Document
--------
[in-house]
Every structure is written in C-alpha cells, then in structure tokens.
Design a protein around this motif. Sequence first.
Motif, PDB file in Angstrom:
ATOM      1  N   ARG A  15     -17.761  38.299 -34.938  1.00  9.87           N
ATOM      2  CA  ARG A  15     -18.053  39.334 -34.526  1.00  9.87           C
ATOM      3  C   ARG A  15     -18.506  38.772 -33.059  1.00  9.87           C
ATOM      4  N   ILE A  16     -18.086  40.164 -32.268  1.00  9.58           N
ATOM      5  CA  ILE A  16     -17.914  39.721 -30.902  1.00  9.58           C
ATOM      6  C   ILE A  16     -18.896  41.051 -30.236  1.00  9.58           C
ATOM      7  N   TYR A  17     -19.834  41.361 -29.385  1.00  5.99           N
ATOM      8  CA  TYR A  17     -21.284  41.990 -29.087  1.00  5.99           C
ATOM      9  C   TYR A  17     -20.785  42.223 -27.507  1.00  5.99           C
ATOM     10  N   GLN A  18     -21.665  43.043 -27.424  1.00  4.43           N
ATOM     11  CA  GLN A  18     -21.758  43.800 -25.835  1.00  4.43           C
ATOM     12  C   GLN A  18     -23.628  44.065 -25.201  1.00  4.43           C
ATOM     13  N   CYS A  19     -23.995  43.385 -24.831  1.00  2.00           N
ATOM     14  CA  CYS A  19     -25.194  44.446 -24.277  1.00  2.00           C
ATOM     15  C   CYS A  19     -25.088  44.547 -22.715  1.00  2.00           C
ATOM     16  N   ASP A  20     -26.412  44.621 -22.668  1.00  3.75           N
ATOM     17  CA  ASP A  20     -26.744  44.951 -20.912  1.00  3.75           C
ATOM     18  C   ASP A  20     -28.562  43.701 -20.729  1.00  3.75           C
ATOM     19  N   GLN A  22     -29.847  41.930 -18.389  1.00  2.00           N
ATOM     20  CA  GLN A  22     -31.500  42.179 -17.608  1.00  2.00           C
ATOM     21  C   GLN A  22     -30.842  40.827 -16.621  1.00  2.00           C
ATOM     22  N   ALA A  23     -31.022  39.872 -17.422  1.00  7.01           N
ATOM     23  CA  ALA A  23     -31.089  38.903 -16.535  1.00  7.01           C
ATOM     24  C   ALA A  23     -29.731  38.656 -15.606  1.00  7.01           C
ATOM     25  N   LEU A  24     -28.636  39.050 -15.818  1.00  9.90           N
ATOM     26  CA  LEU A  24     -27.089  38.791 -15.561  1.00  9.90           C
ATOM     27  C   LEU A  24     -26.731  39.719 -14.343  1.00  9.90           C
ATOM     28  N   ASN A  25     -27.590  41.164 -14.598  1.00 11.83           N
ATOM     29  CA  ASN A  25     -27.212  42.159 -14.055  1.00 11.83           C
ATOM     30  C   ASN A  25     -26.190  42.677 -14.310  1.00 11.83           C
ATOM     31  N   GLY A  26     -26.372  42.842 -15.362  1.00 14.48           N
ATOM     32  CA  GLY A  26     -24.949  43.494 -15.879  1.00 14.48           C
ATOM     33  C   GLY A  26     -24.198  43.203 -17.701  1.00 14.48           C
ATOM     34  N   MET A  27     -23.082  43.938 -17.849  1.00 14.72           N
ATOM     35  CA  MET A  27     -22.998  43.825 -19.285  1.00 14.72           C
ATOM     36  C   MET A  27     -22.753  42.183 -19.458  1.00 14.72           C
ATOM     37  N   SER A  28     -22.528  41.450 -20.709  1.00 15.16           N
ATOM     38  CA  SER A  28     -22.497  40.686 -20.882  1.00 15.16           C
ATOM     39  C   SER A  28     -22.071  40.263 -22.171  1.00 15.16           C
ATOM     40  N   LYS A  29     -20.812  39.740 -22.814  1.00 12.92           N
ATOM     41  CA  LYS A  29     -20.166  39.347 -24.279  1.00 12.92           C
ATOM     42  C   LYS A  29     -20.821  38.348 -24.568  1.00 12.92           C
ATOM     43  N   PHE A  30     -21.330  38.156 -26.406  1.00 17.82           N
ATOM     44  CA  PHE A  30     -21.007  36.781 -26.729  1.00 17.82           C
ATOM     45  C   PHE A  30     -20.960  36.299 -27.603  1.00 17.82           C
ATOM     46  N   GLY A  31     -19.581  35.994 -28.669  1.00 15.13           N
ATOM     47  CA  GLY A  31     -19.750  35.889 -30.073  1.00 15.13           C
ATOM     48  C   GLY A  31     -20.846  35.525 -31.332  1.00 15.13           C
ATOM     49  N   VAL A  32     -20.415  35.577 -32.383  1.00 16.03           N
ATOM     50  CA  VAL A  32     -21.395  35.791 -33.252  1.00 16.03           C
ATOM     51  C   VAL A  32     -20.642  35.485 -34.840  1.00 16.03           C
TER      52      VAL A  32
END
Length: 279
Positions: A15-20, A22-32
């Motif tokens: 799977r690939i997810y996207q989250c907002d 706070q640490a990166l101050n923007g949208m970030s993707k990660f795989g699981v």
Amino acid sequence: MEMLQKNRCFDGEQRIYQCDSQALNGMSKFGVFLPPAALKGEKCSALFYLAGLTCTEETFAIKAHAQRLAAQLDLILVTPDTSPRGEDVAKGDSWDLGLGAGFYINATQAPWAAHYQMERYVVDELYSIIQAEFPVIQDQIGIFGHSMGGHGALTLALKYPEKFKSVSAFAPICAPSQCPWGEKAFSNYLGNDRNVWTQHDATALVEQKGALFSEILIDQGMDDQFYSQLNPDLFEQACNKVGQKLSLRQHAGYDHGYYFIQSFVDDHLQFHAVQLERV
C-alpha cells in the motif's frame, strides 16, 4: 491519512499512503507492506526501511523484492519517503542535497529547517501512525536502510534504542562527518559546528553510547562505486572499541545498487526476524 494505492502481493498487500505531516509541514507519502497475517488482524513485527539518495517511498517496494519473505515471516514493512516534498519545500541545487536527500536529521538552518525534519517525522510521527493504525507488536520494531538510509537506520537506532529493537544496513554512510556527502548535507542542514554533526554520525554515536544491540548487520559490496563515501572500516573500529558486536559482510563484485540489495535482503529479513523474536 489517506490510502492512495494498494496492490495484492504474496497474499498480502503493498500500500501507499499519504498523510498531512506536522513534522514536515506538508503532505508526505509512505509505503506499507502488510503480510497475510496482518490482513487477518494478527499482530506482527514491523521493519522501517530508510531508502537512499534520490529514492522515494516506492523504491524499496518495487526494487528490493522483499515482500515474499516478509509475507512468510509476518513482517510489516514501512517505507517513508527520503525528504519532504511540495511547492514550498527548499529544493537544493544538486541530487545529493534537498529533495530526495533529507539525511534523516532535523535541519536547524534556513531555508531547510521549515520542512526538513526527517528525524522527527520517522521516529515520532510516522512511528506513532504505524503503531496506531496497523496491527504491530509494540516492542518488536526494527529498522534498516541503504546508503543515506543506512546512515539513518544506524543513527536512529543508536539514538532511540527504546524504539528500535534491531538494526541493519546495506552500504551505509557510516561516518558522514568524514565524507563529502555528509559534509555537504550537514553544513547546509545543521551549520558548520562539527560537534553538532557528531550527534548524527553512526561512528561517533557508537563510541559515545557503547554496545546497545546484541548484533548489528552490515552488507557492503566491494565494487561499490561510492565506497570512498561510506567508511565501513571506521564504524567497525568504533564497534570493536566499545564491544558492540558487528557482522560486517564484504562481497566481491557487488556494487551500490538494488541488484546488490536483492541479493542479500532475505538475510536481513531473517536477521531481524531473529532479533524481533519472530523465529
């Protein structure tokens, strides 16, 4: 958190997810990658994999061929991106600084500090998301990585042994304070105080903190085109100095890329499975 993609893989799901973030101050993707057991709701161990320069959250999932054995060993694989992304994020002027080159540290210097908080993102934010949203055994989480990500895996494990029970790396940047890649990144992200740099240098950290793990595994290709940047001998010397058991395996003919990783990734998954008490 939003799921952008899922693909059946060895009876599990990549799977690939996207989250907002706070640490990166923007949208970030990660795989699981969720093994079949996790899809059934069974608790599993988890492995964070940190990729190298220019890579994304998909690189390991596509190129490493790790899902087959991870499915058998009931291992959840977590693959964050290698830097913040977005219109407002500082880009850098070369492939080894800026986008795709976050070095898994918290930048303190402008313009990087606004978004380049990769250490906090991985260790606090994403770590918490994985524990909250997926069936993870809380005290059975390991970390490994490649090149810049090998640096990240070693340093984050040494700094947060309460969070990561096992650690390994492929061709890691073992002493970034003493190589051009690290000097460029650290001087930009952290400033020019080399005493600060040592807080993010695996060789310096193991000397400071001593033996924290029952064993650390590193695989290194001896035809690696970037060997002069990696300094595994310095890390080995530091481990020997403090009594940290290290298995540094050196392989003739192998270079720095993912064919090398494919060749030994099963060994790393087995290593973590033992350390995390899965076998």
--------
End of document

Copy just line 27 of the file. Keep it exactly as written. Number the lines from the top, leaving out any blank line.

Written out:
ATOM     23  CA  ALA A  23     -31.089  38.903 -16.535  1.00  7.01           C